US wineries exported a record $1.55 billion of wine last year, an increase of 16.4% on 2012, and the fourth consecutive years rise by value.
Volume shipments reached 435.2 million litres, 48.4 million cases, up 7.5%, with 90% of all exports coming from California, according to figures released by the Wine Institute of California.
The European Union’s 28 member countries accounted for $617 million of exports, up 31% on last year, followed by Canada, $454 million, up 12%; Japan, $102 million, down 7%; Hong Kong, $78 million, down 12%; China, $77 million, up 6%; Mexico, $22 million, up 21%; South Korea, $18 million, up 16%.
Robert P. Koch, president and CEO of the Wine Institute, said: “Consumers across the globe continue to recognise the quality, diversity and value of California wines, despite significant trade barriers and heavily subsidised foreign competitors.”
“While the U.S. remains our largest, most important market, California exports a fifth of its wine, and we are on track to reach our goal of $2 billion in exports by 2020. Our outstanding 2012 and 2013 California vintages, heralded for quality as well as quantity, were a record high so we have the ability to expand.”
The Wine Institute has launched a marketing program in 25 countries promoting California as an “aspirational place with beautiful landscapes, iconic lifestyle, great wine and food, and as an environmental leader”, said Linsey Gallagher, vice president for international marketing at the San Francisco trade group.
Its consumer website, www.discovercaliforniawines.com, has been translated into Chinese and will soon be launched in seven other languages, Gallagher said.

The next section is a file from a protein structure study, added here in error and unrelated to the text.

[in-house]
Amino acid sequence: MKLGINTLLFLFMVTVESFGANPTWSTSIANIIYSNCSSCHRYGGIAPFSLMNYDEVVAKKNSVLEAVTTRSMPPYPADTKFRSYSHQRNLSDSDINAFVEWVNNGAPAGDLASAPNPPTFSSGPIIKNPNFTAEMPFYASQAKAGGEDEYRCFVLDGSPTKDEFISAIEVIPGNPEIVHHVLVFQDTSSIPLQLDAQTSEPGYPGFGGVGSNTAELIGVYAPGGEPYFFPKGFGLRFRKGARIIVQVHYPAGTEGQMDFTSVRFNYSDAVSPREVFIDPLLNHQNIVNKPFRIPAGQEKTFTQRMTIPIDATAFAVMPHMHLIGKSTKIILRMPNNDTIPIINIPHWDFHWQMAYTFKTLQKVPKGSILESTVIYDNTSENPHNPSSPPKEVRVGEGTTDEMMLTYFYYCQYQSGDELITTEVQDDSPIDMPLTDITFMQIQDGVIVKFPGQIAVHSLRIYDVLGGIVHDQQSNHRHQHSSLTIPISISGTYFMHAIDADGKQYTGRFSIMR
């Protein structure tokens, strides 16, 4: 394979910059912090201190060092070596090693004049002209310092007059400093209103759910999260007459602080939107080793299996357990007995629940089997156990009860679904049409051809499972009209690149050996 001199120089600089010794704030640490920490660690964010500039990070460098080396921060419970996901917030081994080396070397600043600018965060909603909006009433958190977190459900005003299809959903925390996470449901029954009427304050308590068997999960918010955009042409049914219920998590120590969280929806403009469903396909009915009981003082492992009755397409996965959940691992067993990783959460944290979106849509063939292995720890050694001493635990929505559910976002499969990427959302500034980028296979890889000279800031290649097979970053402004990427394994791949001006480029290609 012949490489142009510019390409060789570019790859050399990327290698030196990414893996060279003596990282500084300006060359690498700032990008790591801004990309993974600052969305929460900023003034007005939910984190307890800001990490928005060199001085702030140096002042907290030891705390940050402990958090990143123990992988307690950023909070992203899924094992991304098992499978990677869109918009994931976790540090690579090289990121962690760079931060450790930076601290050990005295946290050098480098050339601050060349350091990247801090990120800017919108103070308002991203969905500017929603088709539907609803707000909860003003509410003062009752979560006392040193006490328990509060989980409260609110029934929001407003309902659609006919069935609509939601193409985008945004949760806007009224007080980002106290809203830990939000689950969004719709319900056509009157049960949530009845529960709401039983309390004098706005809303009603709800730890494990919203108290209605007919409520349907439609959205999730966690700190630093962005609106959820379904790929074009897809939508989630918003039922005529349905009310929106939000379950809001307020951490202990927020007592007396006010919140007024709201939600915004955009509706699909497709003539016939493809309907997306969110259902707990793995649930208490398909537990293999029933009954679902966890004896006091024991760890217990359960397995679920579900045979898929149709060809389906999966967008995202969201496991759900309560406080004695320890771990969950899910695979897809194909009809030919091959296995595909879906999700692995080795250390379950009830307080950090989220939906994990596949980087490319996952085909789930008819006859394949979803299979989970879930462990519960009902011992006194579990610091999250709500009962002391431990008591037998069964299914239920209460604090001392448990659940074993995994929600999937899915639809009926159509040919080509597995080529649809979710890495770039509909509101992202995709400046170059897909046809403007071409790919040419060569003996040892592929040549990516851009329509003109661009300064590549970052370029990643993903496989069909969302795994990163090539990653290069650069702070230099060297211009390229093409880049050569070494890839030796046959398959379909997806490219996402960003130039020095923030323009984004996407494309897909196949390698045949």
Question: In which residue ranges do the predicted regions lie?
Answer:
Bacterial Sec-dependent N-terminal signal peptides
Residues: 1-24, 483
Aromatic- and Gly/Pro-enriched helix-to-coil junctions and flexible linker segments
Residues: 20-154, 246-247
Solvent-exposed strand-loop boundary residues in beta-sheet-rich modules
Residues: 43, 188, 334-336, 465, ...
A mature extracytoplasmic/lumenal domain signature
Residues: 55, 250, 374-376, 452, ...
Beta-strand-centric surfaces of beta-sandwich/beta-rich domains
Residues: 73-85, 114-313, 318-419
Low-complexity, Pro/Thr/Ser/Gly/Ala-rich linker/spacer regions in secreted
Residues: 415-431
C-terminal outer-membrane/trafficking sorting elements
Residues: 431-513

“Our programming in China has greatly expanded and allowed us to continue to show gains in that top priority market when our key competitors saw losses last year,” Gallagher said.
Sales in Asia, California’s fifth largest export market, grew by 3% in 2013 despite “detrimental effects” on China’s new government austerity program.
Other growth markets in Asia included South Korea, up 16% by value, and Singapore up 10%, while sales in Mexico grew by 21% and by 26% in Brazil.
The Institute is also working to lower tariffs and eliminate technical barriers that hamper US wineries from selling wine in key export markets, said Tom LaFaille, international trade counsel at the Wine Institute.
“In particular, the Asia-Pacific Economic Cooperation ‘Wine Regulators Forum’ helps developing countries to implement science-based regulations and eliminate burdensome and duplicative regulations. This five-year project will help significantly reduce the costs of cross-border wine trade, stimulate demand and increase U.S. exports to this important region,” LaFaille said in a statement.
The record export figures come as California struggles with one of the worst droughts in recent years,